Can I Eat Raw Asparagus During Pregnancy?

As mentioned above, asparagus is safe raw as long as it has been properly cleaned.

Raw or undercooked asparagus is common in salads or used in dips. Salads and dips should be approached with caution during pregnancy, depending on where and how they’re made.

In general, pre-made salads should be avoided during pregnancy. This is because of the risk of cross-contamination, and improper storage, leading to bacterial growth. Salads made at home are safe, as long as good food hygiene has been practiced. 

If you’re eating asparagus and dipping it, bear in mind that dips like tahini and hummus are not advised during pregnancy as they’re easily contaminated. Meanwhile, anything with an egg or milk base – like mayonnaise or sour cream – is safe if they have been pasteurized. 

asparagus with cooked prosciutto

Can Asparagus Affect a Pregnancy Test?

There are a lot of myths that consuming a large amount of asparagus can impact a pregnancy test and result in a false positive. However, there is no scientific research backing this up, so no, asparagus does not affect pregnancy tests. This rumor is believed to be because asparagus makes your pee smell different than usual. 

Some medications and medical conditions can affect how accurate a pregnancy test is, but eating lots of asparagus will not.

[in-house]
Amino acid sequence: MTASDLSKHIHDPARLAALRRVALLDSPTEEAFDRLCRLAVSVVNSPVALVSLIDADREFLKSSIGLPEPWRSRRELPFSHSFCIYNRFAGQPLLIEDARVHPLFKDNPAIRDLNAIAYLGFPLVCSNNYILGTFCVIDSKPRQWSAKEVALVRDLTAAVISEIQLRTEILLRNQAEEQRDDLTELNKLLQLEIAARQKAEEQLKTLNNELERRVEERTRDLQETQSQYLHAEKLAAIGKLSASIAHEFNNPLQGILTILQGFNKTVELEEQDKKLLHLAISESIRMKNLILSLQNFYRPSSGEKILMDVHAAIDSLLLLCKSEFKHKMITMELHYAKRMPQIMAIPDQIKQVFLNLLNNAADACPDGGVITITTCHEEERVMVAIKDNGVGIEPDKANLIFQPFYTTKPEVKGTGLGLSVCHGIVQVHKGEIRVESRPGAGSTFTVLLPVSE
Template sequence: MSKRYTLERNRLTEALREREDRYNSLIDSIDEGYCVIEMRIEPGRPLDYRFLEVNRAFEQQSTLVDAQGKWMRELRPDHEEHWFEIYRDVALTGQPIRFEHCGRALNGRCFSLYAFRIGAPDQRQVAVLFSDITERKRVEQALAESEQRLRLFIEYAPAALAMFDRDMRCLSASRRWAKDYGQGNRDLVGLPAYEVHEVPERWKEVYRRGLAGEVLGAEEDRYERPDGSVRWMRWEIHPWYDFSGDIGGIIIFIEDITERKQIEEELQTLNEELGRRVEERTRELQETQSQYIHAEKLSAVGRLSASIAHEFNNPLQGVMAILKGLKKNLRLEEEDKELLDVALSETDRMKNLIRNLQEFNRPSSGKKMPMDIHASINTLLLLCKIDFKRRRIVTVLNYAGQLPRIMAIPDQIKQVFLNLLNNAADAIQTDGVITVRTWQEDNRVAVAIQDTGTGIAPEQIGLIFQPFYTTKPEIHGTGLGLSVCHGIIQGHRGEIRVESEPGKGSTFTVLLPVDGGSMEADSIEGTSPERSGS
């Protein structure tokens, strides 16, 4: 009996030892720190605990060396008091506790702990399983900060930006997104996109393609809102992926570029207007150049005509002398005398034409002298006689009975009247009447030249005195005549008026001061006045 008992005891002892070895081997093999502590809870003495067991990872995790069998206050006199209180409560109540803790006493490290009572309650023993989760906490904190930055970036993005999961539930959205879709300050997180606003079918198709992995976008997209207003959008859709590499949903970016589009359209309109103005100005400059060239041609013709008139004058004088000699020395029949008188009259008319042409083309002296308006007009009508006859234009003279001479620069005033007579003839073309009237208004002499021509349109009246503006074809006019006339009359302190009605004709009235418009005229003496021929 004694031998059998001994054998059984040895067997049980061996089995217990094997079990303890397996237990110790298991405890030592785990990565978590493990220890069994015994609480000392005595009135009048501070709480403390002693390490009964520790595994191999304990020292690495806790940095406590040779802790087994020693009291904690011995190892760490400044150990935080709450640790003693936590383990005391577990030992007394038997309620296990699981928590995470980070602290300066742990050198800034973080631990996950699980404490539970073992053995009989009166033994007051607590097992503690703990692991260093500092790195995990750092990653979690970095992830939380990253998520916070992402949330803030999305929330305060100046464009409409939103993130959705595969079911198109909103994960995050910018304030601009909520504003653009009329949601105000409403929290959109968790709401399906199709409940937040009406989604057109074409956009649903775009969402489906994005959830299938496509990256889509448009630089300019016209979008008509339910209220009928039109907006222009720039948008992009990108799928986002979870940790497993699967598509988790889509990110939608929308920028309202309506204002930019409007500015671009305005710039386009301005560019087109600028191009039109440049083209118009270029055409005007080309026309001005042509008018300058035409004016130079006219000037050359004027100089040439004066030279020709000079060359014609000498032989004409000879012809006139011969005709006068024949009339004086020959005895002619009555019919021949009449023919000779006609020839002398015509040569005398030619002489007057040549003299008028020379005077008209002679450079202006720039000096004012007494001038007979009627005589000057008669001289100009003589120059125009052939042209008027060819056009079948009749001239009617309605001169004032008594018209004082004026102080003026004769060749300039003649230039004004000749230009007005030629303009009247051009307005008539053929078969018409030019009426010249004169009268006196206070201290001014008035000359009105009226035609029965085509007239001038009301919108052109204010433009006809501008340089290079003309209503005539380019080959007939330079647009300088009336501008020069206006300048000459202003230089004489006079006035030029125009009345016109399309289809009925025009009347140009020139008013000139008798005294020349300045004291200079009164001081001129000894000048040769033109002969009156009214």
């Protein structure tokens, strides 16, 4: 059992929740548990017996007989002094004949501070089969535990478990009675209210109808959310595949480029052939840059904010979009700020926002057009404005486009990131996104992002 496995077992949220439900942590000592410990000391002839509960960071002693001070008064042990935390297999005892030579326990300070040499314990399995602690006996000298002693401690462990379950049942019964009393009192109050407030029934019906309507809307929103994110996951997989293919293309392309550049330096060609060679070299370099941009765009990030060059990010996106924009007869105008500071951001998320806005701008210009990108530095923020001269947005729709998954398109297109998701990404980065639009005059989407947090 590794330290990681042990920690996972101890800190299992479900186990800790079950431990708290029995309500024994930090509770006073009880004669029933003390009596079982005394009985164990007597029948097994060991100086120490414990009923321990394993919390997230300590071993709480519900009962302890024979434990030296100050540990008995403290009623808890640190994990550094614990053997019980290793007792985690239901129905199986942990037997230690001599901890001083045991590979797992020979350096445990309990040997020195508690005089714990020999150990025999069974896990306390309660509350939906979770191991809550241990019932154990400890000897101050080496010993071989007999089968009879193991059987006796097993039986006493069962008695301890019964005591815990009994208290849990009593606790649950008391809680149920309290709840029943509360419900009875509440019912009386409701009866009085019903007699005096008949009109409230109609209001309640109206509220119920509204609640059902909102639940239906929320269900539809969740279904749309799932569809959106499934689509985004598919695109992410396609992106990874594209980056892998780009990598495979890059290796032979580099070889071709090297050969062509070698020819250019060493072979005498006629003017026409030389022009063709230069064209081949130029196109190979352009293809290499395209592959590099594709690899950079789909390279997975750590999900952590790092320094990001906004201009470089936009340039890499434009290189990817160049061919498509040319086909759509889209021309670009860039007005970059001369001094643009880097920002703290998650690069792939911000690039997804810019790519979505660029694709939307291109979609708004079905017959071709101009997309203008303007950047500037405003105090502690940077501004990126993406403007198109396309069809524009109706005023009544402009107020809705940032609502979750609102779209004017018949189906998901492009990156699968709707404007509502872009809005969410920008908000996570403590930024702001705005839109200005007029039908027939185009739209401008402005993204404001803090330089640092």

Why Would Pee Smell Like Asparagus During Pregnancy?

If you eat asparagus – whether you’re pregnant or not -you might notice your pee smells like it. Asparagus contains asparagusic acid. This is a compound containing sulfur which is believed to be one of the reasons why your pee smells like asparagus (source: Perspectives In Biology and Medicine

However, some people notice that their pee smells like asparagus despite not having eaten it! The smell might be caused by other foods. Onions and garlic can trigger this sulfur-like stench.

Eating large amounts of strong-smelling foods like onion or garlic can also make your pee smell strange. It’s particularly common when eating other sulphuric foods like eggs, beans, broccoli, cauliflower, cabbage, fish and meat. 

A lot of pregnant women notice their sense of smell changes and often gets stronger during pregnancy. So, it might be a case of you not noticing the asparagus-like smell beforehand. Either way, it’s normal and nothing to worry about when pregnant.

I hope this cleared up any concerns you have about eating asparagus during pregnancy!